It is in describing the top of the table that we leave behind all notion of the Gothic and see a more 19th century approach to furniture and its aesthetic. Back in medieval times, a table top was rarely seen. It was designed to be covered by textiles, whose value far outweighed the humble furniture on which they were displayed, symbolizing the wealth and prosperity of the owner. By the 19th century and the advent of cheaper, factory-made textiles, the situation had reversed and it was the furniture that was more highly valued. Therefore, the table top deserved a virtuosic turn and, as here, is literally over-the-top.
The top consists of an oak frame, the wood being lighter in color, and with broader grain than the base of the table. A central "X" pattern of oak divides the balance of the top into two triangular and two pentagonal sections filled with squares and rectangles of contrasting woods (mahogany, walnut and either birch or poplar), with two-toned fleurs-de-lys (of walnut and either birch or poplar) as the focal points. This ornate collection of contrasting shapes and colors is solid (not veneer), highly pleasing and makes the table top a work of art in its own right.
The top extends at each end, but the extensions are in plain oak rather than the patterned treatment of the main top section. To protect against warping of the top, a metal reinforcing framework has been added but covered in felt to keep from scratching. While there is still a very slight warp to the top, this is likely inevitable, considering the age of the table and its solid construction from different types of woods.
The two armchairs designed for the ends of this table are remarkable in several ways. First, the seats are higher than the other chairs, keeping in mind that the extensions of the table, where these armchairs would be placed, do not have a frieze below them. Therefore it could be more comfortable for the persons sitting in these chairs to be slightly elevated. Or the objective could have been a simpler one - to elevate the persons in these chairs above the rest of the diners, reminiscent of the medieval practice of seating those of noble rank on a level above their inferiors. Crowned with elaborate finials, these chairs in a basic trapezoidal or caquetoire design take on the essence of thrones for the heads of household.
In keeping with the medieval belief that only God was capable of perfection or could make an exact duplicate of anything, all of the chairs share a unifying structure but each of the tracery designs of their backs is different. This involves some of the most intricate and finely carved tracery that we have ever encountered, especially remarkable for it being oak instead of the more easily carved walnut. Each chair merits contemplation for both the virtuosity of the carving and the way it complements the other chairs. All involve some variation on the basic, circular, rose window design from Gothic cathedrals, but with ingenious variations and open-work reflecting the wealth of stylistic elements available to Gothic designers and their 19th century re-creators.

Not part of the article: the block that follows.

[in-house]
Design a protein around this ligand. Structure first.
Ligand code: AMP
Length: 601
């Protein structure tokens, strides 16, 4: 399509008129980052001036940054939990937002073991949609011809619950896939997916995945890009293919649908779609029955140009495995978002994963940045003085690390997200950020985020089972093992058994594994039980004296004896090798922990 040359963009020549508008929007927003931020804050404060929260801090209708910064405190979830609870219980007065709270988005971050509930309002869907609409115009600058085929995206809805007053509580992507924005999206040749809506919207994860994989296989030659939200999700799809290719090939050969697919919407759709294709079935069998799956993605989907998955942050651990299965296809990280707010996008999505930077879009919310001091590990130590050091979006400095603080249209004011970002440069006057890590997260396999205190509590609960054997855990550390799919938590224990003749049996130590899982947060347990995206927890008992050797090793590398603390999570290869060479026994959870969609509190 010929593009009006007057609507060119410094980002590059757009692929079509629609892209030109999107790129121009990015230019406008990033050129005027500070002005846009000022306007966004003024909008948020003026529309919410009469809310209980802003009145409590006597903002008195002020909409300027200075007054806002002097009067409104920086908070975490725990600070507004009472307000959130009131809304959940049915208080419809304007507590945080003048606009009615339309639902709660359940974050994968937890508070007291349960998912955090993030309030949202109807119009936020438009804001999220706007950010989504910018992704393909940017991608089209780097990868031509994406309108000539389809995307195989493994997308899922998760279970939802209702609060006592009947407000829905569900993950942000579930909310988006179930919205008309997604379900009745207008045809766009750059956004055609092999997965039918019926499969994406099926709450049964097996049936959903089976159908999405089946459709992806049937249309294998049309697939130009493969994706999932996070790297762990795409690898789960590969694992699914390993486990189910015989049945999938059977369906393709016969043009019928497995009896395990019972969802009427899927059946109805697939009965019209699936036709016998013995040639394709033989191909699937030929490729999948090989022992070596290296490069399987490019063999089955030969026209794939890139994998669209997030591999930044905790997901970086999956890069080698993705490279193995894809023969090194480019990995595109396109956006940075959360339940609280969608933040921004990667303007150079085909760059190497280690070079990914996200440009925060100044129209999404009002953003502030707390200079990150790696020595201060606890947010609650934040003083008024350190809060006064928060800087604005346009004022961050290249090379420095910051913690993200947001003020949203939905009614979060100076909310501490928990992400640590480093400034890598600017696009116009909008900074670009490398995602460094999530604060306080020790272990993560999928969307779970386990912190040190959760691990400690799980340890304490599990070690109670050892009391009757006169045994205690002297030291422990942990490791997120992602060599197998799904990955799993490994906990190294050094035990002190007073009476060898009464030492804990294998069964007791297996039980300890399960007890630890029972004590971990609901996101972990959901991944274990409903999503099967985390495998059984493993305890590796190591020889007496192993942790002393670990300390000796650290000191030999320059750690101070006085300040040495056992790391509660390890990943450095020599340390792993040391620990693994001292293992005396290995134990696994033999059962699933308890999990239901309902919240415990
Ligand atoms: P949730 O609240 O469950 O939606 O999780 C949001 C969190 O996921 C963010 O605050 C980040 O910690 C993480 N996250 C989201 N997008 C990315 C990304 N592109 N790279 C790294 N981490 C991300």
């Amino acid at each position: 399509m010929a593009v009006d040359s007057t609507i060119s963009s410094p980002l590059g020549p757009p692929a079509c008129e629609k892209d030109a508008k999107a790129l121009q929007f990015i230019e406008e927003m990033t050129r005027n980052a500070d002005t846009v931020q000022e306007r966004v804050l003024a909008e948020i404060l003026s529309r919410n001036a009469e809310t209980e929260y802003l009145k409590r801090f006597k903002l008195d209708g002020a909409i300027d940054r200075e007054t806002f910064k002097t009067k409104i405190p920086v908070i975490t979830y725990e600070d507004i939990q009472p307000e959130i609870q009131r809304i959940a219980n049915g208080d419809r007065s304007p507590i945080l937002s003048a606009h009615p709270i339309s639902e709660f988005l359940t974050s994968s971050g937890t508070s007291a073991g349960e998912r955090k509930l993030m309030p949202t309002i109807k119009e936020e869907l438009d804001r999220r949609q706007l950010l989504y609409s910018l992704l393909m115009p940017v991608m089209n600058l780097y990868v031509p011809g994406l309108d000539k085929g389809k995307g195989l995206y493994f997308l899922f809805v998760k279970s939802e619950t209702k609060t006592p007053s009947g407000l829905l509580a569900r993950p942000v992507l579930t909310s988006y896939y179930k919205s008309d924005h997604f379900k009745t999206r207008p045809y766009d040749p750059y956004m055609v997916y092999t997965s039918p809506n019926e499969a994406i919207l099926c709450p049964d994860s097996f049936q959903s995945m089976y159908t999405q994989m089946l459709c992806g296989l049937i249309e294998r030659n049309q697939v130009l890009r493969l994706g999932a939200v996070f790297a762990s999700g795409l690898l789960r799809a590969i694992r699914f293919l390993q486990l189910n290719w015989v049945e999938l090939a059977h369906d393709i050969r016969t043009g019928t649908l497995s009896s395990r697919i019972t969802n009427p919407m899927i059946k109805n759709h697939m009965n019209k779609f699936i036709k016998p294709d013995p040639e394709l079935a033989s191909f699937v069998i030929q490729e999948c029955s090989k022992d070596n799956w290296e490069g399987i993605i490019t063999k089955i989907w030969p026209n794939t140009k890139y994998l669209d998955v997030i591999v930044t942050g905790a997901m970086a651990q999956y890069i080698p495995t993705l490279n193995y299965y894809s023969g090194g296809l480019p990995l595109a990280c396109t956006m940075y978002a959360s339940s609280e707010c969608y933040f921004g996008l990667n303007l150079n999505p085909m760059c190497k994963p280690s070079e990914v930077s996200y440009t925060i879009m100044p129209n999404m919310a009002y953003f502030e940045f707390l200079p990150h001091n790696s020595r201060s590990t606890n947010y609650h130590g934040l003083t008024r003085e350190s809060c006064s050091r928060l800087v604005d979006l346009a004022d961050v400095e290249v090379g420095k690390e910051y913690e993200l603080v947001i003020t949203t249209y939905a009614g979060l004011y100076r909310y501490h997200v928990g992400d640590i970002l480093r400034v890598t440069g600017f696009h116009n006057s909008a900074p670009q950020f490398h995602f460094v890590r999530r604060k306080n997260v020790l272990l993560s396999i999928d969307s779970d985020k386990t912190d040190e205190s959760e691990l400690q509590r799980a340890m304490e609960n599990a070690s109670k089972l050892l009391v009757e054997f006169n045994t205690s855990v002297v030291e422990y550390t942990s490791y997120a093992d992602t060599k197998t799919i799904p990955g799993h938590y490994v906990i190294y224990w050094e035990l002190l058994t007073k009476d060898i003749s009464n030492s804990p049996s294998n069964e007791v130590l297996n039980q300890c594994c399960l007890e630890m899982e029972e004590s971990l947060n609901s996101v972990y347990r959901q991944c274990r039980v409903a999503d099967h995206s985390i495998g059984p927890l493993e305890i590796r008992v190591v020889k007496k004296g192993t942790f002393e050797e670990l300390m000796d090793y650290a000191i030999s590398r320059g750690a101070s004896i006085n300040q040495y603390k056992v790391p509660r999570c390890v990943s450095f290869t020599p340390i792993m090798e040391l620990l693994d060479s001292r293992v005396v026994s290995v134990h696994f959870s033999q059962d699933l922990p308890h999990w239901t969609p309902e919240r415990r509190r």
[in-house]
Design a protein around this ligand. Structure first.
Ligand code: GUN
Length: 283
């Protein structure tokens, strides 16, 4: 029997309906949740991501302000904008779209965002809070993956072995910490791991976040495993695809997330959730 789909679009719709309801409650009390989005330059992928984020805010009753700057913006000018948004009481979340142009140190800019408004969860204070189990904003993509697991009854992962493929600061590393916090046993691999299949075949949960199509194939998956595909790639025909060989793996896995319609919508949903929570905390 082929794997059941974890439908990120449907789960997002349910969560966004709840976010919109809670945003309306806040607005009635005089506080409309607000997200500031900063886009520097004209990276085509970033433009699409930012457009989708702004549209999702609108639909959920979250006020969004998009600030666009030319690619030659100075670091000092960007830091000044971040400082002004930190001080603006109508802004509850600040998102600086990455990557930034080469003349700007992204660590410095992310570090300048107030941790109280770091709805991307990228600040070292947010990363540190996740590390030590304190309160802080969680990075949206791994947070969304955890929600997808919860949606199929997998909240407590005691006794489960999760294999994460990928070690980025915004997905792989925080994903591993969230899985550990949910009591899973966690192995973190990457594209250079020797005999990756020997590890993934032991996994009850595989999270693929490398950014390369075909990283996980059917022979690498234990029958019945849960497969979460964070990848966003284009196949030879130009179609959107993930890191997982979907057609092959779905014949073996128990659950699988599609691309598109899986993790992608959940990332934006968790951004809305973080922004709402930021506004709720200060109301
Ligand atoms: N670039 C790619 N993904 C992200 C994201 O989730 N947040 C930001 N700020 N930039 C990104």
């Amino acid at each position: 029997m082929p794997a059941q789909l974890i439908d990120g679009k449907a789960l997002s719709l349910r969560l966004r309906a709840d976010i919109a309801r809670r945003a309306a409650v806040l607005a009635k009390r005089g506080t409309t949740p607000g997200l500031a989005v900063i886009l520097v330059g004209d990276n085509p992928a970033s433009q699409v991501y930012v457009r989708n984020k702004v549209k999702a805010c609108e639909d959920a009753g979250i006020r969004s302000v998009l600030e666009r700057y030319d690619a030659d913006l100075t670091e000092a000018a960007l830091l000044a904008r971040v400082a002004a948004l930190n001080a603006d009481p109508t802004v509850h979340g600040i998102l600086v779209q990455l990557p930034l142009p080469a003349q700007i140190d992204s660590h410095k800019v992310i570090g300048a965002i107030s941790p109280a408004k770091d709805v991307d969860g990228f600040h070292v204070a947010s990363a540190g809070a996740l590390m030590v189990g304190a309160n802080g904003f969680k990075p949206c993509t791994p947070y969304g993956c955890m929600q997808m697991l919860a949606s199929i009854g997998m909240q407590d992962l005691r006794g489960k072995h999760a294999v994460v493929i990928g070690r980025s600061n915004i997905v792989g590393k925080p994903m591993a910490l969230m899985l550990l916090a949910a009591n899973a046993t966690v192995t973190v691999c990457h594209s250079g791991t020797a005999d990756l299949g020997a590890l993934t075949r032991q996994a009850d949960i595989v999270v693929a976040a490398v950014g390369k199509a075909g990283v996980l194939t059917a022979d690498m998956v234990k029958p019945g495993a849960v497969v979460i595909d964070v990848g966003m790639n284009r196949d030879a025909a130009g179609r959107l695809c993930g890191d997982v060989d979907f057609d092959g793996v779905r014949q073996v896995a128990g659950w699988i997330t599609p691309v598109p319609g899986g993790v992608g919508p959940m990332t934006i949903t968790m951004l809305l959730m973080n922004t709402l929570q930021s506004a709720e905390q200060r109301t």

Each chair is crowned by an arch tapering into a flamboyant toupie or finial reminiscent of the flamme or stylized fleur-de-lys design that gave the "flamboyant Gothic" style of the late Middle Ages its name. The chairs incorporate various stylistic elements from the table, including the half-moon design of tracery from the table frieze (found in the tops of the chairs), the lancet arches from the table's feet (repeated on the legs and the sides of the backs), and the grape leaves from the table base (carved into the outer edges of the tops of the chairs).
It is hard to imagine a more well-matched table and chairs reflecting the pinnacle of Gothic design. Sturdy, intact, and with a magnificent patina, they beckon future generations dedicated to this triumph of 19th century craftsmanship -- harking back to the style of the time when the tree, from which they were fashioned, was but a sapling.
Boccador, Jacqueline, Le Mobilier Français du Moyen Age à la Renaissance (Editions d'Art Monelle Hayot, Saint-Just-en-Chaussée, 1988); Robb, Graham, The Discovery of France — A Historical Geography, W.W. Norton (New York, 2008); Thirion, Jacques, Le Mobilier du Moyen Age et de la Renaissance en France (Editions Faton, Dijon, 1998); Viollet-le-Duc, Eugène, Le Mobilier Médiéval (Georges Bernage, editor) (Editions Heimdal, 2003)
This set of table and chairs deserves pride of place in a dining room where families gather and friends are entertained for decades to come.